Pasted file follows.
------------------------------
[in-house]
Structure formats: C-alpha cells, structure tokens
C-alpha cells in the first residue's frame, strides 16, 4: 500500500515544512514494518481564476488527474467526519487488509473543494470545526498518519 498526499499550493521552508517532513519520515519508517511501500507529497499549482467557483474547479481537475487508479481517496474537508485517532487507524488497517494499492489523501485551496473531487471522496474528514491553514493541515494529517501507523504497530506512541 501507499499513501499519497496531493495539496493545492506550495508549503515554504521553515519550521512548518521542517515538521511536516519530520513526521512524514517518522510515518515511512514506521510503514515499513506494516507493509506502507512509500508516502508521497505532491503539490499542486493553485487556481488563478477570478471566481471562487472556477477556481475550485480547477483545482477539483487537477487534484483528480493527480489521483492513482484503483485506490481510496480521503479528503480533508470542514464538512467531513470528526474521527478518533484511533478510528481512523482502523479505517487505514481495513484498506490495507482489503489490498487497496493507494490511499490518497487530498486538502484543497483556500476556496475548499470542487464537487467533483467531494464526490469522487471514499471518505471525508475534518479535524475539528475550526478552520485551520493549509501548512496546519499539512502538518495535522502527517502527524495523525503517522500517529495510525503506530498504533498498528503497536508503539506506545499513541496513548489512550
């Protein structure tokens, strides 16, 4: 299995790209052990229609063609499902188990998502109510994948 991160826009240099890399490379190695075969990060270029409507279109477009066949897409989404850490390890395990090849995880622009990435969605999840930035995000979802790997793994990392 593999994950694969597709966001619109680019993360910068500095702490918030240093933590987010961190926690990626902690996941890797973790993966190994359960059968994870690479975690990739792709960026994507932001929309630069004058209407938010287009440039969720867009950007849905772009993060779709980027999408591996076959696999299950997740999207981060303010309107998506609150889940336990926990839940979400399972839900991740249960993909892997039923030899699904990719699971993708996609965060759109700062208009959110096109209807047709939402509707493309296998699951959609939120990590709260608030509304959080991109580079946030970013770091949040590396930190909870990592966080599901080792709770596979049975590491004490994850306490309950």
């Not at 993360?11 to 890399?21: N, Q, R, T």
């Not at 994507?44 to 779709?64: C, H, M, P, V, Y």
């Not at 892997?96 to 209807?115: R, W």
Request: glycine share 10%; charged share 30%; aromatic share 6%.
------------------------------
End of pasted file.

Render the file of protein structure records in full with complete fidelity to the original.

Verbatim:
[in-house]
Structure formats: C-alpha cells, structure tokens
C-alpha cells in the first residue's frame, strides 16, 4: 500500500515544512514494518481564476488527474467526519487488509473543494470545526498518519 498526499499550493521552508517532513519520515519508517511501500507529497499549482467557483474547479481537475487508479481517496474537508485517532487507524488497517494499492489523501485551496473531487471522496474528514491553514493541515494529517501507523504497530506512541 501507499499513501499519497496531493495539496493545492506550495508549503515554504521553515519550521512548518521542517515538521511536516519530520513526521512524514517518522510515518515511512514506521510503514515499513506494516507493509506502507512509500508516502508521497505532491503539490499542486493553485487556481488563478477570478471566481471562487472556477477556481475550485480547477483545482477539483487537477487534484483528480493527480489521483492513482484503483485506490481510496480521503479528503480533508470542514464538512467531513470528526474521527478518533484511533478510528481512523482502523479505517487505514481495513484498506490495507482489503489490498487497496493507494490511499490518497487530498486538502484543497483556500476556496475548499470542487464537487467533483467531494464526490469522487471514499471518505471525508475534518479535524475539528475550526478552520485551520493549509501548512496546519499539512502538518495535522502527517502527524495523525503517522500517529495510525503506530498504533498498528503497536508503539506506545499513541496513548489512550
């Protein structure tokens, strides 16, 4: 299995790209052990229609063609499902188990998502109510994948 991160826009240099890399490379190695075969990060270029409507279109477009066949897409989404850490390890395990090849995880622009990435969605999840930035995000979802790997793994990392 593999994950694969597709966001619109680019993360910068500095702490918030240093933590987010961190926690990626902690996941890797973790993966190994359960059968994870690479975690990739792709960026994507932001929309630069004058209407938010287009440039969720867009950007849905772009993060779709980027999408591996076959696999299950997740999207981060303010309107998506609150889940336990926990839940979400399972839900991740249960993909892997039923030899699904990719699971993708996609965060759109700062208009959110096109209807047709939402509707493309296998699951959609939120990590709260608030509304959080991109580079946030970013770091949040590396930190909870990592966080599901080792709770596979049975590491004490994850306490309950």
């Not at 993360?11 to 890399?21: N, Q, R, T």
């Not at 994507?44 to 779709?64: C, H, M, P, V, Y």
């Not at 892997?96 to 209807?115: R, W």
Request: glycine share 10%; charged share 30%; aromatic share 6%.